|Neotoma floridana smalli|
The eastern woodrat (Neotoma floridana), is a pack rat native to the central and Eastern United States. Its range extends from the latitude of southeastern New York south to the Gulf of Mexico. It has been recovered as a fossil from late Pleistocene deposits in southeastern New Mexico, several hundred miles southwest of its nearest current range.
As with most members of the genus, it feeds opportunistically on nuts, seeds, fungi, buds, stems, roots, foliage, and fruits. In the southern states, it often lives in holes in the ground or hollow trees, constructing large nests.
The eastern woodrat has four clawed digits and a thumb on the front limbs, and five clawed digits on its rear limbs.
- Harris, A. H. 1984. Neotoma in the Late Pleistocene of New Mexico and Chihuahua. Special Publications, Carnegie Museum of Natural History 8:164-178.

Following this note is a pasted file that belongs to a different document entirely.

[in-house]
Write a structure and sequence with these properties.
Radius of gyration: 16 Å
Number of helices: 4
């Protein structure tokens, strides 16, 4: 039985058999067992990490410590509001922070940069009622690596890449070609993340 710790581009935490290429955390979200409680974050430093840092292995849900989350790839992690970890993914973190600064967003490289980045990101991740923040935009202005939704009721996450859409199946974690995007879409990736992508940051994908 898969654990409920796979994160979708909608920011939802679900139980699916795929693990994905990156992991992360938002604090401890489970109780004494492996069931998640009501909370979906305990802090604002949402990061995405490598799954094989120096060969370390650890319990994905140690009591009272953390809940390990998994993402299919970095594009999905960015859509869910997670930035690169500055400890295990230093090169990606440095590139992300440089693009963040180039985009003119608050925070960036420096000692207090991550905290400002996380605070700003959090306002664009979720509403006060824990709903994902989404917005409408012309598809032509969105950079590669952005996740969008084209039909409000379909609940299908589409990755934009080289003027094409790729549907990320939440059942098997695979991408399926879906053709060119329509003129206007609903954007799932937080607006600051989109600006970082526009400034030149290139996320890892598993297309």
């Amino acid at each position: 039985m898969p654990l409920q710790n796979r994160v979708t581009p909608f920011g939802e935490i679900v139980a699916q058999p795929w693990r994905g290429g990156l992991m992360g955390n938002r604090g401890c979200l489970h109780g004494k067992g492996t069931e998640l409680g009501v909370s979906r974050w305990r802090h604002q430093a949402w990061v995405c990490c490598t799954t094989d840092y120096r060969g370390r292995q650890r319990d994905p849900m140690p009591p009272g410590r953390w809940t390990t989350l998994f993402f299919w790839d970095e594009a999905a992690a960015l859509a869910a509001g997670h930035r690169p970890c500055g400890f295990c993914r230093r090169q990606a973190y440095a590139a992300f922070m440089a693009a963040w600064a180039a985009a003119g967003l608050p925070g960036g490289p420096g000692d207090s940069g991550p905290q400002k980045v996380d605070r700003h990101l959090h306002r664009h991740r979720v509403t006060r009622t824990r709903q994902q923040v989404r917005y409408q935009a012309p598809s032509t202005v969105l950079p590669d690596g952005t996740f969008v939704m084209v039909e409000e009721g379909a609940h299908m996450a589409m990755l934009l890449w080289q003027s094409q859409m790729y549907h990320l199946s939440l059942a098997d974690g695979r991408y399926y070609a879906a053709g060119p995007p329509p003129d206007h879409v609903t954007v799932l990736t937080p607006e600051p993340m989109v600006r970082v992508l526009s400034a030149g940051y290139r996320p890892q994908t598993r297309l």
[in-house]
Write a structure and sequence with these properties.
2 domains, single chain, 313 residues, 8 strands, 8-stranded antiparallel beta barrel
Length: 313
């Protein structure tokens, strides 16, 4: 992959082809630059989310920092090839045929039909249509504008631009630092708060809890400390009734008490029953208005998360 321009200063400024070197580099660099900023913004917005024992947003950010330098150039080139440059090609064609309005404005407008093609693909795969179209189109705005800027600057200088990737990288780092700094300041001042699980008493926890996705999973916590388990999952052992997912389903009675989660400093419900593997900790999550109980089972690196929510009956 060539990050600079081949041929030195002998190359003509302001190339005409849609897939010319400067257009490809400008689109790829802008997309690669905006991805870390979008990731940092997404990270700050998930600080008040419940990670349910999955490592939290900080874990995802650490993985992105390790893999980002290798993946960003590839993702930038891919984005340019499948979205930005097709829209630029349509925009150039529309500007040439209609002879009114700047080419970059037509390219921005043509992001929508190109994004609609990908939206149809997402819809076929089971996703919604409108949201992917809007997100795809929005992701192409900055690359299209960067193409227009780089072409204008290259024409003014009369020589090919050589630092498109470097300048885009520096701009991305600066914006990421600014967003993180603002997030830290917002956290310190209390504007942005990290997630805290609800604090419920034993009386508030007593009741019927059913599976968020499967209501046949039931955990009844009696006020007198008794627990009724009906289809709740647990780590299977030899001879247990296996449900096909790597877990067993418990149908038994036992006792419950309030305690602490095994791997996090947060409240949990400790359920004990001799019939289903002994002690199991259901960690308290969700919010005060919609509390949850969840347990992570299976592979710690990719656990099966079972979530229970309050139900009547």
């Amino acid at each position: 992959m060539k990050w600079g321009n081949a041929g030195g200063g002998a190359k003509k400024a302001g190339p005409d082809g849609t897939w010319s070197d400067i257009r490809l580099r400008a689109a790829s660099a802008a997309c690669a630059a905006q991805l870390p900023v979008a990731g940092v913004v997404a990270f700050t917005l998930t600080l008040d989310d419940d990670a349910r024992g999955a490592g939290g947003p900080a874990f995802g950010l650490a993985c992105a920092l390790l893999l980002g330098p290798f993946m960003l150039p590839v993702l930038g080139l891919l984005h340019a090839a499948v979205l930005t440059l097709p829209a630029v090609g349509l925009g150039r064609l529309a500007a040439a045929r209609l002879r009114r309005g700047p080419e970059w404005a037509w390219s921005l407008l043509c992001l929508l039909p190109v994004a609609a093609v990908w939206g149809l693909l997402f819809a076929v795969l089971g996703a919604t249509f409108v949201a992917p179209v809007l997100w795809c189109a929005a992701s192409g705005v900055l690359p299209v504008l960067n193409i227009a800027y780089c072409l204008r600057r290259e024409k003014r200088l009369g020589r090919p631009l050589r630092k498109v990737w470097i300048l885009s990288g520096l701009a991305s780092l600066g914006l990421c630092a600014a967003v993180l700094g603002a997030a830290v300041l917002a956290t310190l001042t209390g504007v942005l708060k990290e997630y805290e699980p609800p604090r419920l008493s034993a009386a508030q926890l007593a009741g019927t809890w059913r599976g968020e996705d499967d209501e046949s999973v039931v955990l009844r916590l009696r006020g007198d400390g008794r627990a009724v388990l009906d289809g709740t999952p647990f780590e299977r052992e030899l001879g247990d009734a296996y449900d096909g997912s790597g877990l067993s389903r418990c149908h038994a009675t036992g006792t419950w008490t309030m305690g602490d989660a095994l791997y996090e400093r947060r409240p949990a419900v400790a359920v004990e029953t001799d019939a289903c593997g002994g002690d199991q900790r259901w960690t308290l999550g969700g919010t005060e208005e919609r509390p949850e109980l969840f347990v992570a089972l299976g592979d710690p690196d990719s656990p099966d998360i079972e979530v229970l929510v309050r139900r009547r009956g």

- Linzey, A.V., Jordan, R.A. & Hammerson, G. (2008). "Neotoma floridana". IUCN Red List of Threatened Species. Version 2009.2. International Union for Conservation of Nature. Retrieved 4 February 2010.
- Monty, Anne-Marie & Emerson, Robert E. (2003). "Eastern Woodrat". In Feldhamer, George A. et al. Wild mammals of North America: biology, management, and conservation. JHU Press. ISBN 978-0-8018-7416-1.
- Wiley, R. W. 1980. Neotoma floridana. Mammalian Species, No. 139:1-7.
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